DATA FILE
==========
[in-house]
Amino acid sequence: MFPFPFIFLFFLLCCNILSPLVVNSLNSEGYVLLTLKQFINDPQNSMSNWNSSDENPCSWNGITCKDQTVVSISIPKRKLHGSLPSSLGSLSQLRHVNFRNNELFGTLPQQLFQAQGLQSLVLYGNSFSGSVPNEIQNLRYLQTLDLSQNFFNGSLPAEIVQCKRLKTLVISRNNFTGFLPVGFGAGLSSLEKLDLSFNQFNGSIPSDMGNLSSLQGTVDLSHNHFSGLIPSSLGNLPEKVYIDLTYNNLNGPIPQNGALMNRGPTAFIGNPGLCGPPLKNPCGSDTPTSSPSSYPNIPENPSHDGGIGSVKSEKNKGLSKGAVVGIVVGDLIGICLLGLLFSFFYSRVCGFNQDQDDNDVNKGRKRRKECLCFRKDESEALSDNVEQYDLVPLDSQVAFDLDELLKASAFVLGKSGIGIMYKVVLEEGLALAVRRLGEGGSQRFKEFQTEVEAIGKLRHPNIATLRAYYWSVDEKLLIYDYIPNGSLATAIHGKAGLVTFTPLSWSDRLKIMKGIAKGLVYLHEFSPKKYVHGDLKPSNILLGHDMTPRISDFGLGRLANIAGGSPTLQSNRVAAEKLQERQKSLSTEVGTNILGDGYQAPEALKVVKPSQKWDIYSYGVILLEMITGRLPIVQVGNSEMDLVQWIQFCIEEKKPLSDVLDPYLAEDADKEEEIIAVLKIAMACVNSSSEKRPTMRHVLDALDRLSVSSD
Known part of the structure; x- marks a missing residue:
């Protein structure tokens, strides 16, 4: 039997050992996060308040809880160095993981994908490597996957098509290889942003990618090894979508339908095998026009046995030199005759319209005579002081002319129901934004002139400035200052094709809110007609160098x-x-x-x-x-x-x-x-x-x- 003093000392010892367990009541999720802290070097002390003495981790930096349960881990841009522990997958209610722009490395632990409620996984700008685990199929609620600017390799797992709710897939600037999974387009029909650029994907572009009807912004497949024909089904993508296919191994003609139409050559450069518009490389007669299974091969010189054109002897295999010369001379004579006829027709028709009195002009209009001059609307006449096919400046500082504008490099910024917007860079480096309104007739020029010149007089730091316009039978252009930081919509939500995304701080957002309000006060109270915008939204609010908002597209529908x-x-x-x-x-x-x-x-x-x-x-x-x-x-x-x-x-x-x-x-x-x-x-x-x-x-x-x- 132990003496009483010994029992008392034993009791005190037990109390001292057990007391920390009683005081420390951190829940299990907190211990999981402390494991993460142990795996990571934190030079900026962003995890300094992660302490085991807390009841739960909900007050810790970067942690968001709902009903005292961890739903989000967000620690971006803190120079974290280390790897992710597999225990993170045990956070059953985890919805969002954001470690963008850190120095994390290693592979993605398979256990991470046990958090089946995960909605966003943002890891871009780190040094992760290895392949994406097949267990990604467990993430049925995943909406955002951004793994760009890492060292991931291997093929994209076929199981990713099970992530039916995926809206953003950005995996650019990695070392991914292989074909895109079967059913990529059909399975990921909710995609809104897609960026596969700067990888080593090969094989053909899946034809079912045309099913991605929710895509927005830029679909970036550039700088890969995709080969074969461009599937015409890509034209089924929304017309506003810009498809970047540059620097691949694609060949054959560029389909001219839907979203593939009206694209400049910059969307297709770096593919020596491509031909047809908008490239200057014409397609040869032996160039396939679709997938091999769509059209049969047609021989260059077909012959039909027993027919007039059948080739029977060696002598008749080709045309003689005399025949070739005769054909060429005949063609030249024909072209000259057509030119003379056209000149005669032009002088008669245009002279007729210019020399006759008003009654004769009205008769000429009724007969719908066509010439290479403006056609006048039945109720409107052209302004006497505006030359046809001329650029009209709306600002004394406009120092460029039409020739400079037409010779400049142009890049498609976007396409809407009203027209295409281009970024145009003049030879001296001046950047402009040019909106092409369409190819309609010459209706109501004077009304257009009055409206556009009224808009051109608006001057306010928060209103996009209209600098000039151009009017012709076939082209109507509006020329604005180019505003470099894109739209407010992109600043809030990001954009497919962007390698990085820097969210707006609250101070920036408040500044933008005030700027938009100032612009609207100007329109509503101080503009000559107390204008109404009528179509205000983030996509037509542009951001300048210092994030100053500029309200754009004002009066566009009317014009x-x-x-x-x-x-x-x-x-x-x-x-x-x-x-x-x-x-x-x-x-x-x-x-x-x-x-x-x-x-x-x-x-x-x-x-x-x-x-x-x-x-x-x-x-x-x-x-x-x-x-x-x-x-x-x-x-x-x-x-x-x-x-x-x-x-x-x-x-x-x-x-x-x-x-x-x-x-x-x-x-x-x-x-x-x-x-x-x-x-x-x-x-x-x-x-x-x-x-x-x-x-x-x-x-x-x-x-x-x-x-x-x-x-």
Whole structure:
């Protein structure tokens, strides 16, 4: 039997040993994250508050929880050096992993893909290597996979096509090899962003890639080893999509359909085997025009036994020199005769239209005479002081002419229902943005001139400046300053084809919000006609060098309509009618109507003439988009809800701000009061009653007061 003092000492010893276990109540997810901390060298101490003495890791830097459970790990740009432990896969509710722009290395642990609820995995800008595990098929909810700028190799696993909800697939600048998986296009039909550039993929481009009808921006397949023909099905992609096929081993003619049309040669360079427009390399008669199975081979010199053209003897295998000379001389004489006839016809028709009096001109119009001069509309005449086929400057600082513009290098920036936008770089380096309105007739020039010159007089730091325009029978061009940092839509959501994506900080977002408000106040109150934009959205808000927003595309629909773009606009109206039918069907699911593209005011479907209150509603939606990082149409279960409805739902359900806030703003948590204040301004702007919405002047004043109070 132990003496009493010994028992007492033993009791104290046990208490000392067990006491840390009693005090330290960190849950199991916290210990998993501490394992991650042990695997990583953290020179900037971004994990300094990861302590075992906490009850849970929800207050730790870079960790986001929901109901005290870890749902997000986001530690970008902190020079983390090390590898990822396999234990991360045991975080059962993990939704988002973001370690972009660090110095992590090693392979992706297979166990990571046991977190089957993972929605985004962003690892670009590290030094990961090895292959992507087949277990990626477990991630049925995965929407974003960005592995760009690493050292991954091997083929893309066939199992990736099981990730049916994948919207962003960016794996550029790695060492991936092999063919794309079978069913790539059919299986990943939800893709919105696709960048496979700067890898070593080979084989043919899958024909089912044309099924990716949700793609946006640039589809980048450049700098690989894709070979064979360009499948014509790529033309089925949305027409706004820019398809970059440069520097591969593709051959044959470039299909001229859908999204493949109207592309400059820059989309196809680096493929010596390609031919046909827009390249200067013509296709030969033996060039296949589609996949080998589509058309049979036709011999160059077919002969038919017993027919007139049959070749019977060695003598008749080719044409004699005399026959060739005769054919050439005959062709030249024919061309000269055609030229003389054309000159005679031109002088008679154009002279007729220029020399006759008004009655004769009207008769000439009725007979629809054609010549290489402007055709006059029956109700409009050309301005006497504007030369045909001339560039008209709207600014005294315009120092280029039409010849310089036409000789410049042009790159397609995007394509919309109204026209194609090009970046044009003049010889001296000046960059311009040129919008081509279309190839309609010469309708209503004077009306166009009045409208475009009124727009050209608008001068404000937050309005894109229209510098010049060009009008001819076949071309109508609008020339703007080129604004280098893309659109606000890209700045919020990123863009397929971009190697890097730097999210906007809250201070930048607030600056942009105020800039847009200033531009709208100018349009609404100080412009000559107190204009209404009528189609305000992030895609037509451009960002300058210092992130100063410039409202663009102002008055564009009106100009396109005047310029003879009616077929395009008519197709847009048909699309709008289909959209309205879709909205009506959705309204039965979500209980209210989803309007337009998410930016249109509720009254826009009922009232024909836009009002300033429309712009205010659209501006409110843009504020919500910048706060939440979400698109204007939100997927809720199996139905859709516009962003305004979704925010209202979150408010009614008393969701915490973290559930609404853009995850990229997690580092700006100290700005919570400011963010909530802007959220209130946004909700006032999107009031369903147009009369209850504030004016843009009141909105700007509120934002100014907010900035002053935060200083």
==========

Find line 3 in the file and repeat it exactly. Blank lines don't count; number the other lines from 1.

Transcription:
Known part of the structure; x- marks a missing residue: